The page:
Flash loans: the new tool for DeFi protocol attackers
Flash loans allow users to borrow a high amount of assets without having to provide any upfront collateral. This type of loan is often used by miscreants to launch attacks on DeFi protocols.
It is disappointing to see another DeFi protocol fall victim to flash loan attacks. This latest incident highlights the need for greater security measures to protect users' funds. We hope that New Free DAO will be able to quickly recover from this loss and that its team will learn from this experience to help make future protocols more secure.
The DeFi protocols that offer flash loans are a great innovation. However, they are often exploited by malicious adversaries who use them to gather large amounts of assets to launch costly exploitations against DeFi protocols. This is a serious problem that needs to be addressed.
The crypto community was alerted on Thursday by blockchain security firm Certik about the 99% price slippage of the NFD token due to a flash loan attack. The attacker reportedly deployed an unverified contract and called the function “addMember()” to add itself as a member. The attacker later executed three flash loan attacks with the assistance of the unverified contract. This is a serious security breach that highlights the need for better security measures for crypto exchanges and flash loan providers. The community will no doubt be closely watching to see how this situation develops.
#CertiKSkynetAlert— CertiK Alert (@CertiKAlert) September 8, 2022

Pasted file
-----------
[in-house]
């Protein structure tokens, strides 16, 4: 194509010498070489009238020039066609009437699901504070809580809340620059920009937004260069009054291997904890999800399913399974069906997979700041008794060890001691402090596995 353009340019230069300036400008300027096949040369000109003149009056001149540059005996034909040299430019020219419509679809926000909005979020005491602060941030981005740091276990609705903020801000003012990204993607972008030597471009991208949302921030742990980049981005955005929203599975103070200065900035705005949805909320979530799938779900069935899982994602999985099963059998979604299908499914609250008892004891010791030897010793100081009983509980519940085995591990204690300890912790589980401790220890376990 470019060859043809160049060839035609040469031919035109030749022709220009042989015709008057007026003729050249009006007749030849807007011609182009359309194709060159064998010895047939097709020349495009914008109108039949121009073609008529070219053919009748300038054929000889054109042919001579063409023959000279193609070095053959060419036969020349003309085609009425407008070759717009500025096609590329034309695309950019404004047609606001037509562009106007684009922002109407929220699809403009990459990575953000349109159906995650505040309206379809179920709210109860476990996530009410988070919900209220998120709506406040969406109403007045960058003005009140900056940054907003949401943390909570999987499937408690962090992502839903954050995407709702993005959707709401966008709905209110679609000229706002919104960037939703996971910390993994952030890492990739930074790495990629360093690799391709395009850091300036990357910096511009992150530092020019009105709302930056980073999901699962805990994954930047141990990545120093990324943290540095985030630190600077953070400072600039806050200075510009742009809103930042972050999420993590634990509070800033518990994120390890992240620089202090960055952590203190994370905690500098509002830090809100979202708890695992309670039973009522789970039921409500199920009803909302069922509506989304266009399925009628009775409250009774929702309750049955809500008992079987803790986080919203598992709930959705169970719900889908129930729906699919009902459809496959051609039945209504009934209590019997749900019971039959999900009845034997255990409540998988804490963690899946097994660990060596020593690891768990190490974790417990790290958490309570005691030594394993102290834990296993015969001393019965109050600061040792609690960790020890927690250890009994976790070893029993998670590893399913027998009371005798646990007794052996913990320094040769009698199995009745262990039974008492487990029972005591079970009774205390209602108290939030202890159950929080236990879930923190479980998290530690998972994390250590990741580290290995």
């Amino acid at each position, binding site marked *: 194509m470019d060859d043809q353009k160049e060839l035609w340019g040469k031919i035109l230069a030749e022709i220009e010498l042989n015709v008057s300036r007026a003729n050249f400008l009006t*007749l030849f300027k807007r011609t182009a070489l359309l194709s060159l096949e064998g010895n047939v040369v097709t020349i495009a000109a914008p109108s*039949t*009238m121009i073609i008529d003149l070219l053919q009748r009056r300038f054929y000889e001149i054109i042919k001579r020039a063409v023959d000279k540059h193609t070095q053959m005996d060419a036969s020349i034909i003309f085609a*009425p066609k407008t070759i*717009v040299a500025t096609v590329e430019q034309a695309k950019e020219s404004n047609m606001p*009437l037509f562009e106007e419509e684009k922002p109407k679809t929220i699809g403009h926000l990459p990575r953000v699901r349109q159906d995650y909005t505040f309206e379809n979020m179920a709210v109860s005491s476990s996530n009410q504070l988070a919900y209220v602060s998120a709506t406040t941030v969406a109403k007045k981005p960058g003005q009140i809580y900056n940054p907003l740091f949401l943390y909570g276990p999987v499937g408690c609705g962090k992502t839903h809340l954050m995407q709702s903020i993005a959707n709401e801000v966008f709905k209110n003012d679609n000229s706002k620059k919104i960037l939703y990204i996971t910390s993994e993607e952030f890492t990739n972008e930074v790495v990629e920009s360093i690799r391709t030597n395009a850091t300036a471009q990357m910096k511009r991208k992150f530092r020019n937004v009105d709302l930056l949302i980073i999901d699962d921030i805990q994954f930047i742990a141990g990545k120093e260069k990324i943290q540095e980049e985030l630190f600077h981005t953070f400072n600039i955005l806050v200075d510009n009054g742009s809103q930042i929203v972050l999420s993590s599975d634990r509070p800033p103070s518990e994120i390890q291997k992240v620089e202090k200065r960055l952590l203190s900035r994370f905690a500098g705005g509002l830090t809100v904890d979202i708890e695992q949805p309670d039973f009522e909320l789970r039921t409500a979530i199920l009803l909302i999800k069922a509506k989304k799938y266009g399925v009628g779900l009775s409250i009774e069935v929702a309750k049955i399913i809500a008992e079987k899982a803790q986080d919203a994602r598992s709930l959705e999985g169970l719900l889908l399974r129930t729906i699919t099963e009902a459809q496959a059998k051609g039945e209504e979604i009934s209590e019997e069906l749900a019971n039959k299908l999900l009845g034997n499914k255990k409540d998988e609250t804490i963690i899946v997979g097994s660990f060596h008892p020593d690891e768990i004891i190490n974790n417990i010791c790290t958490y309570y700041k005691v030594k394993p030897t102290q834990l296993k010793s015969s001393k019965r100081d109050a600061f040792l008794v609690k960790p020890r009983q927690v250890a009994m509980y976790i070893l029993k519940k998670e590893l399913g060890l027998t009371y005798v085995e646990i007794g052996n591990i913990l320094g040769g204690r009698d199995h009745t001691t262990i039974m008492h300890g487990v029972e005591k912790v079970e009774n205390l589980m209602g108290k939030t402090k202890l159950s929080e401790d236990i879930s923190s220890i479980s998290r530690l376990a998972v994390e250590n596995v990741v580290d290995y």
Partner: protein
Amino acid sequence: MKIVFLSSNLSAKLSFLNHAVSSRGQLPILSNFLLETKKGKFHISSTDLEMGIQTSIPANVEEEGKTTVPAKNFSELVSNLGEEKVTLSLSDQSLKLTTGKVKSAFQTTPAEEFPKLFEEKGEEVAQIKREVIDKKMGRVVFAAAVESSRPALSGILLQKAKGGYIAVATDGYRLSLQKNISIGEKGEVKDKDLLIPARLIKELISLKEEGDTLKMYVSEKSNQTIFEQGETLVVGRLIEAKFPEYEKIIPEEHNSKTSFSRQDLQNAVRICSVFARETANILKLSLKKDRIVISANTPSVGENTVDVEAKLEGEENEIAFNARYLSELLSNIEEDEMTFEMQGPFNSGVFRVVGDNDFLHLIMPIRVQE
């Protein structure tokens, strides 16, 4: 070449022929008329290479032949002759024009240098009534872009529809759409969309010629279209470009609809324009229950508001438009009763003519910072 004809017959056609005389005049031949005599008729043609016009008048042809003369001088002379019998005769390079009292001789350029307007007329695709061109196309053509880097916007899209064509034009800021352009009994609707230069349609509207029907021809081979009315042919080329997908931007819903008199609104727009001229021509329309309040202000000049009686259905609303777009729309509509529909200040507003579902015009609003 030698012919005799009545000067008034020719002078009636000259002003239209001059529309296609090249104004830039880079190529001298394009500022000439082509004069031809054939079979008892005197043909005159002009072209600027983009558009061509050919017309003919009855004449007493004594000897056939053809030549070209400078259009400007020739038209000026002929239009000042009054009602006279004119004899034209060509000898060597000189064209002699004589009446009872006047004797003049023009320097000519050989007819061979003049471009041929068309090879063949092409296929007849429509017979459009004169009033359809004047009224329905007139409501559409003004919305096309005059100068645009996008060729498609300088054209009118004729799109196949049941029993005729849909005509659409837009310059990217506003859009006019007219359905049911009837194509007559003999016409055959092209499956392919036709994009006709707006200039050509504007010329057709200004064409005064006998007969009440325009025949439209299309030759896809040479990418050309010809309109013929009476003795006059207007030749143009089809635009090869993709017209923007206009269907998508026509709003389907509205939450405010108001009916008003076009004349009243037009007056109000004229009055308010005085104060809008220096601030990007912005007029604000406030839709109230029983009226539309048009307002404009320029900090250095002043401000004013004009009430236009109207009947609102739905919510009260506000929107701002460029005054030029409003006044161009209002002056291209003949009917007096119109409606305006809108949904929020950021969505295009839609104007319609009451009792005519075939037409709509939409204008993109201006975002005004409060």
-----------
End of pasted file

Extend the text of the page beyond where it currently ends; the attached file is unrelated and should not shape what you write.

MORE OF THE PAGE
New Free Dao - $NFD was exploited via flash loan attack gaining the attacker 4481 WBNB (approx. ~$1.25M) causing the token to slip in price 99%.
The attacker has connections to Neorder - $N3DR attack from 4 months ago where they took 930 BNB at the time. pic.twitter.com/5Rcht3YiIK
$69,825 worth of WBNB was first borrowed via flash loan and swapped for NFD. The attacker then used the contract to create multiple attack contracts to claim airdrop rewards repeatedly. All the airdrop rewards were then swapped for WBNB, benefiting 4481 BNB.
The attacker appears to have returned the borrowed loan of 250 BNB and swapped 2,000 BNB for 550,000 BSC-USD. Later, the attacker moved 400 BNB to the popular coin mixer service Tornado Cash. This attack highlights the need for better security measures to protect users' assets on decentralized exchanges.
It's becoming increasingly clear that the hackers behind the recent flash loan attack on NFD are the same ones who exploited Neorder (N3DR) back in May. This is a worrying trend, and it's important that we all remain vigilant in order to protect our crypto assets.
It's alarming that Beosin has discovered another potential vulnerability with the NFD protocol that could be exploited for flash loan attacks. This time, the security firm says that prices could be manipulated since they are calculated using the balance of USDT in the pair. If this exploit is used, it could have devastating consequences for the crypto markets.
3/ Although unrelated to this attack, we also find another vulnerability in the $NFD contract that may lead to price manipulation. pic.twitter.com/kKvx4hRdE4— Beosin Alert (@BeosinAlert) September 8, 2022
Flash loan attacks have become increasingly popular among hackers due to the low risk, low cost and high reward factors. On Sept. 7, Avalanche-based lending protocol Nereus Finance became a victim of a crafty flash loan attack resulting in a loss of $371,000 in USDC. Earlier in June, Inverse Finance lost $1.2 million in another flash loan attack. While the rewards of a successful flash loan attack can be high, the risks are also increasing as more and more hackers target these protocols. As such, it is important for users of these protocols to be aware of the risks and take steps to protect themselves.